Christine Benz: Hi, I'm Christine Benz for Morningstar.com. These days a lot of retirees are thinking about calibrating and recalibrating their retirement plans, and it's a challenging time. Here to discuss that issue with us is Mark Miller. Mark is a retirement specialist, and he's also the author of a new book called "The Hard Times Guide to Retirement Security." Mark, thank you for being here.
Mark Miller: Hi, Christine. Thanks for inviting me.
Benz: One thing I really like about your book, Mark, is that it's very holistic. You don't just discuss the investment planning aspect of retirement, but you discuss working longer, health-care costs, the whole gamut of topics. One of your main themes for this book is you need a plan, and it needs to encompass a lot of different things.
One issue you tackle is this issue of income replacement, and a lot of people have been inculcated in this 80 percent rule, that you need to be replacing 80 percent of your current income. You think you should actually take another look at that and maybe not just stick with that 80 percent rule.
Miller: Definitely. An economist that I interviewed recently on this subject referred to this, the rule of thumb "replace 80 percent of your income." He calls that the rule of dumb. I think in a hard times economy, it's appropriate to step back and look at it fresh. By which, I would say what you need to do is start by getting an accurate handle on your current budget. It's a painful exercise for a lot of us because there's a lot of detail, but really get a handle on what you're spending, then think ahead to retirement.
The problem with the 80 percent rule is your expenses could be higher or they could be lower. It depends on what you anticipate. For example, the cost of commuting goes away, or the cost of business clothing goes away.
So some things go away, but then on the other hand, you might want to travel more. Really build as best as you can a budget and get a sense of what you think you're going to need in retirement. That 80 percent rule hasn't served us well. It's also what drives a lot of the online calculators that you can use to do the what-if scenarios. It's not a great way to go.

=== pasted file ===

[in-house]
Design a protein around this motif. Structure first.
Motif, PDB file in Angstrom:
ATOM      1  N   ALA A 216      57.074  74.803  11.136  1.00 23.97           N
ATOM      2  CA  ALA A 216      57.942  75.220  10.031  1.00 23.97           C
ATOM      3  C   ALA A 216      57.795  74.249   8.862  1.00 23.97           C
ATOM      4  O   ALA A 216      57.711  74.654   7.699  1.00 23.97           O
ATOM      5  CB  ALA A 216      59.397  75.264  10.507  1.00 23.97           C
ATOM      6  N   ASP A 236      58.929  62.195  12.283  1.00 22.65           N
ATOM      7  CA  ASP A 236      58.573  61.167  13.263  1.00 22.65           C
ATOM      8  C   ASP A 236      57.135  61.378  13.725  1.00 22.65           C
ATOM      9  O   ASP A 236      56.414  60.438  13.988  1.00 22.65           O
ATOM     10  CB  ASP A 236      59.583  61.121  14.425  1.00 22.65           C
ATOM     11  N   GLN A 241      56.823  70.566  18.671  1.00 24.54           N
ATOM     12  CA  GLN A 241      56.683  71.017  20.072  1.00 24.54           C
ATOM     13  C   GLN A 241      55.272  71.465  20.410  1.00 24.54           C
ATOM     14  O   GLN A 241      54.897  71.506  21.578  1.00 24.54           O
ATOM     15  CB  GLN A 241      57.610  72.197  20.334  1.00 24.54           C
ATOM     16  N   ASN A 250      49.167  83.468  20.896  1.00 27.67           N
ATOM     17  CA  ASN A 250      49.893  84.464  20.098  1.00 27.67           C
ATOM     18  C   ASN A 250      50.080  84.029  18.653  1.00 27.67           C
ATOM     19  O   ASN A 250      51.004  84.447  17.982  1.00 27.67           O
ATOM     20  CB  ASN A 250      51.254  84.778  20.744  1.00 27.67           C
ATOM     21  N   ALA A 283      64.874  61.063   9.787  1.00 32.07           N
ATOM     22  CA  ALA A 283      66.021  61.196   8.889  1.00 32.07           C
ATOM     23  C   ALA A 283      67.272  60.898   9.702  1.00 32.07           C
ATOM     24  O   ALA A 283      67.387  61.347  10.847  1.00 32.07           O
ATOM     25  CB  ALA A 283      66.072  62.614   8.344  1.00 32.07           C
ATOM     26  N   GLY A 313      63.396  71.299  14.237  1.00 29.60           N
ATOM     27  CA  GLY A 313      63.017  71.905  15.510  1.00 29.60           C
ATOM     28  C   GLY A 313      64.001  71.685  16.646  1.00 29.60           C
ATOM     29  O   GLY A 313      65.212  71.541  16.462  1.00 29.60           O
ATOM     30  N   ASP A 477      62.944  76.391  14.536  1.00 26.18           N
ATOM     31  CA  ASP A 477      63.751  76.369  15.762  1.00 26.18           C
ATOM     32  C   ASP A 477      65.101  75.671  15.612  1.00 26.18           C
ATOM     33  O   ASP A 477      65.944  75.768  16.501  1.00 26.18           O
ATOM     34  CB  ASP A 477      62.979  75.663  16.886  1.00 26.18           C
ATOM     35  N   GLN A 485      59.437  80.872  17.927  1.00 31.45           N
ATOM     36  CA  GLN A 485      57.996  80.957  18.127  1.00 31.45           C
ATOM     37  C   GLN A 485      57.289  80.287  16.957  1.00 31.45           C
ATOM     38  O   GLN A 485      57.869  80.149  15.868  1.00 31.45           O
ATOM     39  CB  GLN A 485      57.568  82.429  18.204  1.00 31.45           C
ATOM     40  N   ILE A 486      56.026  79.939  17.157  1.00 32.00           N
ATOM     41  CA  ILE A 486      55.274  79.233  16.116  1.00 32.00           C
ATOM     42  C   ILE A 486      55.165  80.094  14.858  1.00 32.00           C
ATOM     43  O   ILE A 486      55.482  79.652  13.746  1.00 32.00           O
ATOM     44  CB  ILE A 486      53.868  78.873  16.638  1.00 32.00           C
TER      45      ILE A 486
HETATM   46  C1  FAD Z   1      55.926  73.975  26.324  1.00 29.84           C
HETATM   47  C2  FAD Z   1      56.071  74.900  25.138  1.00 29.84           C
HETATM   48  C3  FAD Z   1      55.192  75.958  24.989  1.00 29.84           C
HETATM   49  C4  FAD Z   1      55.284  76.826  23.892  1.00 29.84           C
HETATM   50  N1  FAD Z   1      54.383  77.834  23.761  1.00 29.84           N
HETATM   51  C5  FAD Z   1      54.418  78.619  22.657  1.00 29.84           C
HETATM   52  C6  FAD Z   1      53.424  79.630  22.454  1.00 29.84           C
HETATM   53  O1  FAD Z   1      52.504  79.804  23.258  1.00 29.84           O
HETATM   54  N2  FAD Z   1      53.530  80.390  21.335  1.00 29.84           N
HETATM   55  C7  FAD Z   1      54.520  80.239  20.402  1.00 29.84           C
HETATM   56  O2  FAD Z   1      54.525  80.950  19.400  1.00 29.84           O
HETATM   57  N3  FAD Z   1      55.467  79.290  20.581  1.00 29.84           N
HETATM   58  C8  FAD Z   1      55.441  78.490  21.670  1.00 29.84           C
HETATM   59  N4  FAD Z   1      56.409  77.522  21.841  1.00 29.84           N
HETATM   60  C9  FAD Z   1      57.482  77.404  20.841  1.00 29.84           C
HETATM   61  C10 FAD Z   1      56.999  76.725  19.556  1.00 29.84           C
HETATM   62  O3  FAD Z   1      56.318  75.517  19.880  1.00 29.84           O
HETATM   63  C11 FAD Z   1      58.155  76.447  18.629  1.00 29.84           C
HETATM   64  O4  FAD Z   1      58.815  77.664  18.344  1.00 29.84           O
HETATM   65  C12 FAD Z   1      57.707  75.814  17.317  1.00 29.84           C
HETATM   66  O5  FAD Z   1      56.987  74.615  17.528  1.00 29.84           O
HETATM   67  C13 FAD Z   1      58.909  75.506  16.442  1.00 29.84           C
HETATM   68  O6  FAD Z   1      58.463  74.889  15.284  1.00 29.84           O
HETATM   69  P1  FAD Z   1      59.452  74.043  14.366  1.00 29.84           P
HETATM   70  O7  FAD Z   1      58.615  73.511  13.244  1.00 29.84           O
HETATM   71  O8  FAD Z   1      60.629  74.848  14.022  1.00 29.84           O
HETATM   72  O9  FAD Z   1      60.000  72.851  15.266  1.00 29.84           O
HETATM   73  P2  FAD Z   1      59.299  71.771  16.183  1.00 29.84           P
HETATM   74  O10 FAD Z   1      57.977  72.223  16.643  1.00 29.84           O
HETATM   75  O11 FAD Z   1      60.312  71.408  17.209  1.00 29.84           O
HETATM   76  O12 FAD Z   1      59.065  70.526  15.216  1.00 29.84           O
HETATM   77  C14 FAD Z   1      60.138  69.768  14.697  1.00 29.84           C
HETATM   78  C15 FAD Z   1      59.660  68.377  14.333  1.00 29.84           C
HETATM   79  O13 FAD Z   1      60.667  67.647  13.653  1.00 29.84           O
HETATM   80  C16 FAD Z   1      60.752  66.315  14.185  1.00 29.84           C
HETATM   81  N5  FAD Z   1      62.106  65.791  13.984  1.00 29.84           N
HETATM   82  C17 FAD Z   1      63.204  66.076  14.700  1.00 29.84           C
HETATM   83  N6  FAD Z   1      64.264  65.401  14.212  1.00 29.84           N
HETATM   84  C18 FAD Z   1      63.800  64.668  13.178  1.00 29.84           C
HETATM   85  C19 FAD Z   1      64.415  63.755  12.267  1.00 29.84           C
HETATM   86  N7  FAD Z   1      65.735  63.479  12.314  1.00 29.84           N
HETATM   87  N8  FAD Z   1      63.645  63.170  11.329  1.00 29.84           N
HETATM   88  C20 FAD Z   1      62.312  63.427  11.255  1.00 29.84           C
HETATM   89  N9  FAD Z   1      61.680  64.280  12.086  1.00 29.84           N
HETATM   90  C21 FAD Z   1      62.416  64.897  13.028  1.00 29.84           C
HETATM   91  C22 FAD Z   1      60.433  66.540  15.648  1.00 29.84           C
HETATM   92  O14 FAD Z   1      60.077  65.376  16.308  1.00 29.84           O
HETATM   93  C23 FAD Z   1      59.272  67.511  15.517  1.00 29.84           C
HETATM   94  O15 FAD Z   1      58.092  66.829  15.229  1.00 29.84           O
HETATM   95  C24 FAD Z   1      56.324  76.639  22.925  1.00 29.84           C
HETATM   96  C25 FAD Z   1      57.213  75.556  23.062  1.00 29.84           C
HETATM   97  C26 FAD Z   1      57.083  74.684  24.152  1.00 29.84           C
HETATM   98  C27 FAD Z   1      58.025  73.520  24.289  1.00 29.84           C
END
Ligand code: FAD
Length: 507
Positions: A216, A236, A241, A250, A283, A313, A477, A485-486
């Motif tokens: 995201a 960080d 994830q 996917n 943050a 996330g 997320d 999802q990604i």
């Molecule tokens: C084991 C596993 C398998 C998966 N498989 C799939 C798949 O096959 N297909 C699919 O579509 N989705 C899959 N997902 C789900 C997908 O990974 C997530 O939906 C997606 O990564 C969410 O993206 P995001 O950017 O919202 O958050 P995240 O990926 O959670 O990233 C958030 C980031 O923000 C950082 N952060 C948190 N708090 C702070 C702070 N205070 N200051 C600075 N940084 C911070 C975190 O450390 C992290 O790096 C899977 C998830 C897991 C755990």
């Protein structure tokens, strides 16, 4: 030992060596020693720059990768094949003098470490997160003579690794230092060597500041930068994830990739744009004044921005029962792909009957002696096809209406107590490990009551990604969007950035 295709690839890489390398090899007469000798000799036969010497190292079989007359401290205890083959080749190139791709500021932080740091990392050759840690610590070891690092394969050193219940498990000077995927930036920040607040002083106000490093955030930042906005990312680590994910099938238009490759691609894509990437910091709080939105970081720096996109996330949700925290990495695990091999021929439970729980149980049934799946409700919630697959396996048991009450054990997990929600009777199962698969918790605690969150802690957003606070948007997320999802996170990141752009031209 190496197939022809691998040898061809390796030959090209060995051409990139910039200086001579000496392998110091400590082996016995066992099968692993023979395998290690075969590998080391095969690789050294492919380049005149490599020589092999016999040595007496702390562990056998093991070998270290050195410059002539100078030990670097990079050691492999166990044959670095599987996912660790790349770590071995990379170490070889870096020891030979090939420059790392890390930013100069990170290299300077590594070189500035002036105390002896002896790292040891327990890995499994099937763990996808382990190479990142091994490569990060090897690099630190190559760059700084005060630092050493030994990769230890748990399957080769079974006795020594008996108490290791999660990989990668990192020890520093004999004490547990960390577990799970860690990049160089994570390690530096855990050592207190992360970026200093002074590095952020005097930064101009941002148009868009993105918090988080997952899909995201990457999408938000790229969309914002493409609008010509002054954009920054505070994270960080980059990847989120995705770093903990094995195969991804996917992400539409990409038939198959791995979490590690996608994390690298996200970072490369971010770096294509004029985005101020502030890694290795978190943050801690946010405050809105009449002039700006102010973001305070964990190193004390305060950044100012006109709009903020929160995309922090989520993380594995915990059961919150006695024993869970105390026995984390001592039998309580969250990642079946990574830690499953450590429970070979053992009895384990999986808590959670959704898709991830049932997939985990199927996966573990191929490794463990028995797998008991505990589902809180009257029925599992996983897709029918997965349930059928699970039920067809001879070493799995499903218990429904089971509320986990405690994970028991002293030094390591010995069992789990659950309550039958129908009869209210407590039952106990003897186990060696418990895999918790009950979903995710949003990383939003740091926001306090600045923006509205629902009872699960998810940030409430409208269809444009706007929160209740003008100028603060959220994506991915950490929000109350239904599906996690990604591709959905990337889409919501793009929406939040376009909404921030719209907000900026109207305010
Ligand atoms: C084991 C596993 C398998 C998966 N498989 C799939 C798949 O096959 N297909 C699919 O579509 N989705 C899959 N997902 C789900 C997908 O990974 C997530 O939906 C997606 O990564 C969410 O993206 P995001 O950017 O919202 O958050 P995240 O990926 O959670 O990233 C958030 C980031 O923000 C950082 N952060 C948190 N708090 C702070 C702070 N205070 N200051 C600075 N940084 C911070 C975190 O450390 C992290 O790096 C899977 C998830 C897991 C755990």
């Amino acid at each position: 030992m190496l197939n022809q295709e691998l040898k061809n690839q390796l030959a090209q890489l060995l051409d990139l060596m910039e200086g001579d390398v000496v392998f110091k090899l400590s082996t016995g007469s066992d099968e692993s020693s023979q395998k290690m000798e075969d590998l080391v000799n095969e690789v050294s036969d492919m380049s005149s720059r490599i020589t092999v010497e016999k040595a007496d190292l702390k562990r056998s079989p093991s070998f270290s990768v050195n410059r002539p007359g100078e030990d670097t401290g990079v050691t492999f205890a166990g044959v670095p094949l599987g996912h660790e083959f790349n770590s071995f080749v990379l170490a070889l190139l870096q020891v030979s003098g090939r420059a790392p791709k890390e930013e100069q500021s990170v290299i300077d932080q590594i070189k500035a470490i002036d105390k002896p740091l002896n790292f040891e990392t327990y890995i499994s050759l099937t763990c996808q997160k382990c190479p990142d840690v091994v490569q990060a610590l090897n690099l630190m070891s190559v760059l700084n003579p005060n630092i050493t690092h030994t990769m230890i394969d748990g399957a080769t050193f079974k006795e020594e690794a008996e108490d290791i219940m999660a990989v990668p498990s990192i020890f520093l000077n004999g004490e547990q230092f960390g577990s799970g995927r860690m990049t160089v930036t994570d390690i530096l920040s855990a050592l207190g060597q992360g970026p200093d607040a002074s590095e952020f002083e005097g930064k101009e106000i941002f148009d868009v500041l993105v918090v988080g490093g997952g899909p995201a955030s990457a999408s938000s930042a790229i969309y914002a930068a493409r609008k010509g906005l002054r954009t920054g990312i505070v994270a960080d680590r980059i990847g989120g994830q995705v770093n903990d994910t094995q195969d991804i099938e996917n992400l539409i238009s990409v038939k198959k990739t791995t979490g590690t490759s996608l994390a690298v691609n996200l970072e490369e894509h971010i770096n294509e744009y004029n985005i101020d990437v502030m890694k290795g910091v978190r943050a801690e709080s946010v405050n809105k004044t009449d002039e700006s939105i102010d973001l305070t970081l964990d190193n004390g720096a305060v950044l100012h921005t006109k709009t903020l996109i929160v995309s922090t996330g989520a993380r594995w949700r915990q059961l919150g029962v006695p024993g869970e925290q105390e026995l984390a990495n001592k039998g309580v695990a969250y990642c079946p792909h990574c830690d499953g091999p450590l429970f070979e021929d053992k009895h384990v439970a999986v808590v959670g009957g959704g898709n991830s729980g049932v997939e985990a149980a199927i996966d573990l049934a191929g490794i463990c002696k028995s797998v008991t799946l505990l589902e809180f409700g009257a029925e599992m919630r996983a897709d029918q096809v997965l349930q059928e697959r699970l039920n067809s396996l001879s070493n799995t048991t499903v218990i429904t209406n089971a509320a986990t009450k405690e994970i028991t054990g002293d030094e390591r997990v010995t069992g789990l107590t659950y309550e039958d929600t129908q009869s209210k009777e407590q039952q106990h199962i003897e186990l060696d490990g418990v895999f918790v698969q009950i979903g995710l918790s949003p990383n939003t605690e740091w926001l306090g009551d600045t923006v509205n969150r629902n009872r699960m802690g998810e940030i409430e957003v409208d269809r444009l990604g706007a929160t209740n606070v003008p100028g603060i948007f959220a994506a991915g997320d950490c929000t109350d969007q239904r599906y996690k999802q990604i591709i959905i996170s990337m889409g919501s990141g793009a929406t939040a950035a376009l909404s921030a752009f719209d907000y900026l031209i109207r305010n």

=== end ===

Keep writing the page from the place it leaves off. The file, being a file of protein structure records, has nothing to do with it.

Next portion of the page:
Benz: Now another topic that you cover in the book is this topic of debt reduction. I think we both know one of the best things pre-retirees can do for themselves is to start paying down any debt that they have on their books. Why do you think that's so important?
Miller: It's a key thing to do, especially if you're looking at retirement say 5, 10 years away. You still have a lot of time to address this question. So much of our mindset over the last few decades around retirement planning has been around the investing side, and that's important. That's a key component, as we know. But we've not really paid as much attention to debt, which of course is one of the problems that got our economy where it's at. Our credit card debt is a big one. If you're carrying balances, this is a no brainer because of the onerous interest rates and the way that can just build up on you.
The other to think about is mortgage debt. Both of these are things that when you think ahead to retirement, having less debt or no debt is a great way to just reduce expense and improve your monthly cash flow. It's less dollars going to pay interest and more dollars that remain available to you.